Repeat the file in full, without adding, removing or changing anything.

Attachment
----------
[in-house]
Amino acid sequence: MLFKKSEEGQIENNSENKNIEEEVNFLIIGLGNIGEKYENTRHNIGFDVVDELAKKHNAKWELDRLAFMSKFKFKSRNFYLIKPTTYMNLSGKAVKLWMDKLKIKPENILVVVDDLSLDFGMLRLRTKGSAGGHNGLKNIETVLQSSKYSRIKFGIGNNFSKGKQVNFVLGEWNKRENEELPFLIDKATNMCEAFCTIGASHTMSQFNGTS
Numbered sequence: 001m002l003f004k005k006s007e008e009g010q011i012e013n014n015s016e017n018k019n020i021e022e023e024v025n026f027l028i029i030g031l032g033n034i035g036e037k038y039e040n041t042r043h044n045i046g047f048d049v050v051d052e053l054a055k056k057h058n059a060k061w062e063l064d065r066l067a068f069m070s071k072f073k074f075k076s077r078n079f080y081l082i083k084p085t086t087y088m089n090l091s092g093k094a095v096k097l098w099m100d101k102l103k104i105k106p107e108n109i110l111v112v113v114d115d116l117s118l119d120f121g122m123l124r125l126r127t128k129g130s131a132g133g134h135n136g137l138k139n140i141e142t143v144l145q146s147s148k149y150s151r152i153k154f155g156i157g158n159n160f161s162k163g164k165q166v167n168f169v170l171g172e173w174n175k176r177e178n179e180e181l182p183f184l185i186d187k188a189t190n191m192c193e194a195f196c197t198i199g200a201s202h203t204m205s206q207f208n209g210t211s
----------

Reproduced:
[in-house]
Amino acid sequence: MLFKKSEEGQIENNSENKNIEEEVNFLIIGLGNIGEKYENTRHNIGFDVVDELAKKHNAKWELDRLAFMSKFKFKSRNFYLIKPTTYMNLSGKAVKLWMDKLKIKPENILVVVDDLSLDFGMLRLRTKGSAGGHNGLKNIETVLQSSKYSRIKFGIGNNFSKGKQVNFVLGEWNKRENEELPFLIDKATNMCEAFCTIGASHTMSQFNGTS
Numbered sequence: 001m002l003f004k005k006s007e008e009g010q011i012e013n014n015s016e017n018k019n020i021e022e023e024v025n026f027l028i029i030g031l032g033n034i035g036e037k038y039e040n041t042r043h044n045i046g047f048d049v050v051d052e053l054a055k056k057h058n059a060k061w062e063l064d065r066l067a068f069m070s071k072f073k074f075k076s077r078n079f080y081l082i083k084p085t086t087y088m089n090l091s092g093k094a095v096k097l098w099m100d101k102l103k104i105k106p107e108n109i110l111v112v113v114d115d116l117s118l119d120f121g122m123l124r125l126r127t128k129g130s131a132g133g134h135n136g137l138k139n140i141e142t143v144l145q146s147s148k149y150s151r152i153k154f155g156i157g158n159n160f161s162k163g164k165q166v167n168f169v170l171g172e173w174n175k176r177e178n179e180e181l182p183f184l185i186d187k188a189t190n191m192c193e194a195f196c197t198i199g200a201s202h203t204m205s206q207f208n209g210t211s